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Impact of New U.S. Food Safety Legislation on the Food Packaging Industry

Date: Jan 19, 2011

A number of provisions in the "FDA Food Safety Modernization Act" (FSMA), Public Law No. 111-353, are directly applicable to food-contact substances. In particular, the recordkeeping requirements, sanitary transportation provisions, expanded recall authority, new imported food requirements, and whistleblower protections will affect the food packaging industry.

The legislation (H.R. 2751) was signed into law by President Barak Obama on January 4, 2011 and constitutes the most significant overhaul of the Federal Foods, Drug, and Cosmetic Act provisions in 15 years. Following is a summary of the legislation's potential impact on the food packaging industry.

Recordkeeping and Inspection of Records: The Public Health Security and Bioterrorism Preparedness and Response Act of 2002 (the Bioterrorism Act) added recordkeeping requirements to Section 414 of the Federal Food, Drug, and Cosmetic Act (FFDCA), which do apply to food-contact materials. The FSMA amends Section 414 to permit FDA "at reasonable times and within reasonable limits and in a reasonable manner" to access and copy all records of each person who manufactures, processes, receives, holds, or imports food (or any article of food reasonably believed to be affected in the same manner), if FDA believes there is a reasonable probability that exposure to an article of food will cause serious adverse health consequences or death. Thus, FDA's records access authority is expanded to allow the Agency to access records of products—including food packaging—related to the food product at issue.

Sanitary Transportation of Food: The FSMA requires that regulations on sanitary food transportation practices be issued within 18 months of enactment. In April 2010, FDA published an Advance Notice of Proposed Rulemaking (75 Fed. Reg. 22713, April 30, 2010) to obtain data and information about food transportation issues. Potentially, FDA's proposed regulations could impact requirements for the transportation of food-contact materials, as well as regulations on coatings and articles used in vehicles, tank cars and the like for hauling food.

Recall Authority and Administrative Detention: Under current law, FDA is permitted to administratively detain adulterated food if it has "credible evidence or information indicating" that the food "presents a threat of serious adverse health consequences or death to humans or animals." The FSMA broadens this authority and allows FDA to detain any article of food that the Agency has "reason to believe" is "adulterated or misbranded." Relaxing the standard for detention of product as adulterated will make it easier for FDA to justify its action if challenged. Although it is unclear how FDA will implement this provision in practice, it is unlikely that FDA will exercise this authority unless it has reason to believe that there is a serious public health concern. This provision is effective 180 days after enactment, and FDA must issue an interim final rule to implement this provision within 120 days of enactment.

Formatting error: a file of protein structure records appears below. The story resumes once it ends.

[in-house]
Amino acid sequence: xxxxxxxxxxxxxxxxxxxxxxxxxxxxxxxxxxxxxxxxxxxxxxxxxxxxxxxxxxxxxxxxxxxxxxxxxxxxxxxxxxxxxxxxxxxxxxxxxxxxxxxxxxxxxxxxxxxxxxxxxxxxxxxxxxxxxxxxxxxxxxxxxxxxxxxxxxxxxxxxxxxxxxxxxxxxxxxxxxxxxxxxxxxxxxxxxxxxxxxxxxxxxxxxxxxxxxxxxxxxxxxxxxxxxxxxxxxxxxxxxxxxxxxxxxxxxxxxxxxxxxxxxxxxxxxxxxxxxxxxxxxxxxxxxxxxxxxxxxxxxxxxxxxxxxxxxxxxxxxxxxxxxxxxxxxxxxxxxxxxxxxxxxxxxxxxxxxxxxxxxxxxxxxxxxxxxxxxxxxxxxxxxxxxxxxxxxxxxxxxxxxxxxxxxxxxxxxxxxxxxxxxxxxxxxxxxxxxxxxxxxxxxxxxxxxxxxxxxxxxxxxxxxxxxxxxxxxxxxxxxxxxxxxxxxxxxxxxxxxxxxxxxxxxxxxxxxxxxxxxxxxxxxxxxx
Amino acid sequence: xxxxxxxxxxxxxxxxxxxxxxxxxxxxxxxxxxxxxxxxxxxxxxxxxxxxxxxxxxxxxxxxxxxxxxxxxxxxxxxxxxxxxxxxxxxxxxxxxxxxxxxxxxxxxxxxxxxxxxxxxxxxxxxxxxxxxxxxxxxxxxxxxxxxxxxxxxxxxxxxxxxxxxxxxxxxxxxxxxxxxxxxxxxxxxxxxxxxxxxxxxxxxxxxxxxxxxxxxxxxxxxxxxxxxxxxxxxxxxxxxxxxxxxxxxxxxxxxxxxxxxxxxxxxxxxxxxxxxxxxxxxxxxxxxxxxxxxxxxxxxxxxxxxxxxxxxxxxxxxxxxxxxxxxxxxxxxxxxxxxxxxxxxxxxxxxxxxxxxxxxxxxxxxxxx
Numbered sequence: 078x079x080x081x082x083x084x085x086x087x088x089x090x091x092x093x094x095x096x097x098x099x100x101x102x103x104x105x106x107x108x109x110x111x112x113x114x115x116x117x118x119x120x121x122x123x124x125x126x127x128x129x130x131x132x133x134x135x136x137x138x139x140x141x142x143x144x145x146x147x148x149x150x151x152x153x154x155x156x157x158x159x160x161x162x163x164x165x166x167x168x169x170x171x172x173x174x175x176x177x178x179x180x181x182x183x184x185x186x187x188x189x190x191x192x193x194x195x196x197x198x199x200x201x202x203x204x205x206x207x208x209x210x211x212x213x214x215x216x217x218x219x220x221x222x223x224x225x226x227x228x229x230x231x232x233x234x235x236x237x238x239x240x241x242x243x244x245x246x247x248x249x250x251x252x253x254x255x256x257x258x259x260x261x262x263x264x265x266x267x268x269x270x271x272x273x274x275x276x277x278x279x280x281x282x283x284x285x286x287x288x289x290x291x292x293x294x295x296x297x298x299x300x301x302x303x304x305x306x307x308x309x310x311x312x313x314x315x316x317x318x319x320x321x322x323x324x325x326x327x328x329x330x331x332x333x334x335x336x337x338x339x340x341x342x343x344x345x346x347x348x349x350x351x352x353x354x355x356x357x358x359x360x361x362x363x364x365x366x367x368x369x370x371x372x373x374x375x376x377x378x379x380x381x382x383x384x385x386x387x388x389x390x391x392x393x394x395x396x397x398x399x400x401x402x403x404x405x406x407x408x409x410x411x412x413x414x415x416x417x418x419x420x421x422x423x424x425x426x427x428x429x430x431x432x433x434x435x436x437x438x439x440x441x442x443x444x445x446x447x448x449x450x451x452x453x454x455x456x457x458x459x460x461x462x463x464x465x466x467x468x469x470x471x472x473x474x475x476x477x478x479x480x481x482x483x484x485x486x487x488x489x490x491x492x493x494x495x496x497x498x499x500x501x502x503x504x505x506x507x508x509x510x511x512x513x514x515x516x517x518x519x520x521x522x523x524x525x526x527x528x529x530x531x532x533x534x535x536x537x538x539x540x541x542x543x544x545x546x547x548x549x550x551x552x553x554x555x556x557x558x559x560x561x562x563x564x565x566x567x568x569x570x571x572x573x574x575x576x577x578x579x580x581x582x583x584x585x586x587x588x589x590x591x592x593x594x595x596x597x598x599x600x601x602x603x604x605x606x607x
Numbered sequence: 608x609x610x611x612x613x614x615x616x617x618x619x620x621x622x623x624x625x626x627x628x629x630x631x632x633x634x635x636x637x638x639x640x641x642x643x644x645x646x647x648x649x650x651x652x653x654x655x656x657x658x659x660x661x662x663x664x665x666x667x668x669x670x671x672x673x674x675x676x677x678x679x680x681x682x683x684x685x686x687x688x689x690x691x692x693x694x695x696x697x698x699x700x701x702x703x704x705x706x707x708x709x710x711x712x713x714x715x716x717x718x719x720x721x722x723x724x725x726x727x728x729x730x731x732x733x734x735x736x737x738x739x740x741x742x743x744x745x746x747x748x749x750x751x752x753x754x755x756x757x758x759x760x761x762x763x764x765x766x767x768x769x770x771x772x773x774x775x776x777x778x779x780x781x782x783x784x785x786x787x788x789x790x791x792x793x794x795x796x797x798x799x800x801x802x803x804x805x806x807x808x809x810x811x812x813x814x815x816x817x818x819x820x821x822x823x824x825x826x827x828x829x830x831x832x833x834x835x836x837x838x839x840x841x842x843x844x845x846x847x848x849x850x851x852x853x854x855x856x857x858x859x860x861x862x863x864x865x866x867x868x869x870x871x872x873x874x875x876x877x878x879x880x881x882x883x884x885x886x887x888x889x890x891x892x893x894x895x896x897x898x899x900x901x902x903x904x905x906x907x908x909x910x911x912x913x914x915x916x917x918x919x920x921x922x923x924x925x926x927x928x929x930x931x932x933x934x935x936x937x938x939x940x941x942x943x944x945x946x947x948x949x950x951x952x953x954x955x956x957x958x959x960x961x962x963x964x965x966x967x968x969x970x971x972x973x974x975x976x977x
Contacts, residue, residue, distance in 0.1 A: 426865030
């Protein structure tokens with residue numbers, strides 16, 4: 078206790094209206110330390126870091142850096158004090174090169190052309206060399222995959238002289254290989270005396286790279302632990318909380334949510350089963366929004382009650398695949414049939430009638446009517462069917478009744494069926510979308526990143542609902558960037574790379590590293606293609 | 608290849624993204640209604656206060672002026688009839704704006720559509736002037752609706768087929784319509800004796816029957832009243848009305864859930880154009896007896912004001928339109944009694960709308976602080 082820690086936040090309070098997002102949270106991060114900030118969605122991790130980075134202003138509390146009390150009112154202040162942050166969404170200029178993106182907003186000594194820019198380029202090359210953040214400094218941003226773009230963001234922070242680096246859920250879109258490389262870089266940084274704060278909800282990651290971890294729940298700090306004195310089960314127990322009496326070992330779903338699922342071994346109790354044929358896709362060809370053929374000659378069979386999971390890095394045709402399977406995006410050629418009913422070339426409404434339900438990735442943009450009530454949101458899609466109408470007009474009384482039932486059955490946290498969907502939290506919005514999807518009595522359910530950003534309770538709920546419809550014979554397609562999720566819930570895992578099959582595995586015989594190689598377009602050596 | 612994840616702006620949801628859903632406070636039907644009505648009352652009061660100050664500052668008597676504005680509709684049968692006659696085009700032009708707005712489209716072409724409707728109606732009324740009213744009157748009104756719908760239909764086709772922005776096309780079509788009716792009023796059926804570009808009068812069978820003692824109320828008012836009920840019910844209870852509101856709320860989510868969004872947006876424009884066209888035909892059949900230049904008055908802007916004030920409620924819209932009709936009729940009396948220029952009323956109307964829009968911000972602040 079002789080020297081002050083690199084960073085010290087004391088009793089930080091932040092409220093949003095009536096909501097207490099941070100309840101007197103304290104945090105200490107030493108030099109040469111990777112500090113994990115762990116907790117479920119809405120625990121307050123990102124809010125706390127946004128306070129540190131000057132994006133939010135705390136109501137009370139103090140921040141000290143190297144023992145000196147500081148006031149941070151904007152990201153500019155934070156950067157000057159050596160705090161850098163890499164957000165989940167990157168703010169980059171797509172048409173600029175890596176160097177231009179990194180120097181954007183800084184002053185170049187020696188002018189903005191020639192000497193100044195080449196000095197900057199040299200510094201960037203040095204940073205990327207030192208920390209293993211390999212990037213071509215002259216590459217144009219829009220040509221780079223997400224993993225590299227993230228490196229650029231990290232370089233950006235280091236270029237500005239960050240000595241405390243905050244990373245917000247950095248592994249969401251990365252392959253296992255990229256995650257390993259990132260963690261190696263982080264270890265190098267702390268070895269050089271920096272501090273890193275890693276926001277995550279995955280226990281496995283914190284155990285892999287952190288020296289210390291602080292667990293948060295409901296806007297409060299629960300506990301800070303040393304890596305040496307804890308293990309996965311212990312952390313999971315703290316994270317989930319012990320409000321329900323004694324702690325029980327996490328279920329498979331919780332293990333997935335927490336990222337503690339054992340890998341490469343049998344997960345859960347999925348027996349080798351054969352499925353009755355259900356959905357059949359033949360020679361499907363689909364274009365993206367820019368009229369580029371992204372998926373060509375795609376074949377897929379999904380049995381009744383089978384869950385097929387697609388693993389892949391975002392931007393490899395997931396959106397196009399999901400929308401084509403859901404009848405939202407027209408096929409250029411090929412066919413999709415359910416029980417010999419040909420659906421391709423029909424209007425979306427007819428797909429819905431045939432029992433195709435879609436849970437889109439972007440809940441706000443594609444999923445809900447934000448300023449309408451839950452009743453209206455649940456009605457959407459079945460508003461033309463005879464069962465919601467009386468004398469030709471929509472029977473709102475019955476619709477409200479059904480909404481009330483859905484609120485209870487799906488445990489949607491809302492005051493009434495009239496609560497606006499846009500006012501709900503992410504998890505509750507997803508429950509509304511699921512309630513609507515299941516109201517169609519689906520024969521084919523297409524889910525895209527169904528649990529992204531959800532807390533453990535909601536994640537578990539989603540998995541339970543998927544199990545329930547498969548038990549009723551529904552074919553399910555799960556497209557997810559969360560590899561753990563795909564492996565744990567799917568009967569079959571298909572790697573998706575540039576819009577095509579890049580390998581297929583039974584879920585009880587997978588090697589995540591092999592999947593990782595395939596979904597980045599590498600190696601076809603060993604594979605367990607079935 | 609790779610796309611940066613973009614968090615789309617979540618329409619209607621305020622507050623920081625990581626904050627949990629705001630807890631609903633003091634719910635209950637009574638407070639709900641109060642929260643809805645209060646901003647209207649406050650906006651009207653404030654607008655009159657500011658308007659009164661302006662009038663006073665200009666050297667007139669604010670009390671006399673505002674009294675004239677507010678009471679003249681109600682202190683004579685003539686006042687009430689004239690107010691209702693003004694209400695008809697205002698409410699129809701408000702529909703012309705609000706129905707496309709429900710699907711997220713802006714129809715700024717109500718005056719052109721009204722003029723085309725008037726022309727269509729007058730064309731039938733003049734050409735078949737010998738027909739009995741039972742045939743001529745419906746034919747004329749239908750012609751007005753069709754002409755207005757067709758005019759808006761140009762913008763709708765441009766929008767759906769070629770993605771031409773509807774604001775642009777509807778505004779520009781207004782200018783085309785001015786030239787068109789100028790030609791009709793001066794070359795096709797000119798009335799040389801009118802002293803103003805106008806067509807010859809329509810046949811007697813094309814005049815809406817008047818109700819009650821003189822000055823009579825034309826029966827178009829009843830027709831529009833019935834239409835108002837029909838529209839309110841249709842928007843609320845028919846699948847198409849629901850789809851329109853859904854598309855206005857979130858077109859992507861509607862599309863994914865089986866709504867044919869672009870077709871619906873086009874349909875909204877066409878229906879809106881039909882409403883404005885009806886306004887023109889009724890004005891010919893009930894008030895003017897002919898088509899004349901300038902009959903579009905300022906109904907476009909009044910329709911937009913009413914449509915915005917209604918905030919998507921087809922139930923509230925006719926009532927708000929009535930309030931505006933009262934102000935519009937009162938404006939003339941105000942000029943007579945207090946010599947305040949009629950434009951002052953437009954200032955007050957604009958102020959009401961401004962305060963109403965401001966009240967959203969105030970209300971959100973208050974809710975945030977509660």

Imported Food: The FMSA requires a Foreign Supplier Verification Program to be established for imported food. Imported food could be interpreted as including packaging materials and may, in practice, require third party certifications and, possibly, introduce the need for food-contact substance manufacturers to develop and maintain a HAACP program to satisfy the requirements of the potential verification program. Noncompliance is a violation of the adulteration provisions of the FFDCA. This issue can be sorted out when FDA promulgates regulations to implement this provision of the law.

Whistleblower Protections: Employees of food-contact substance manufacturers may take advantage of the Whistleblower protections available under the FSMA. Food-contact material manufacturers should be aware of the impacts of these whistleblower protections, and should consider implementing a whistleblower policy and compliance plan.

Many of the other requirements established by the FSMA only apply to a "food facility" that is required to register with FDA pursuant to Section 415 of the FFDCA. FDA regulations implementing the Section 415 registration requirements for food, facilities explicitly exclude food-contact substances from the definition of food. Therefore, facilities that manufacture food-contact substances are excluded from the registration and related requirements. (For more information on registrations and other requirements of the Bioterrorism Act, see the PackagingLaw.com article, FDA Completes Implementation of the Bioterrorism Act's Provisions.)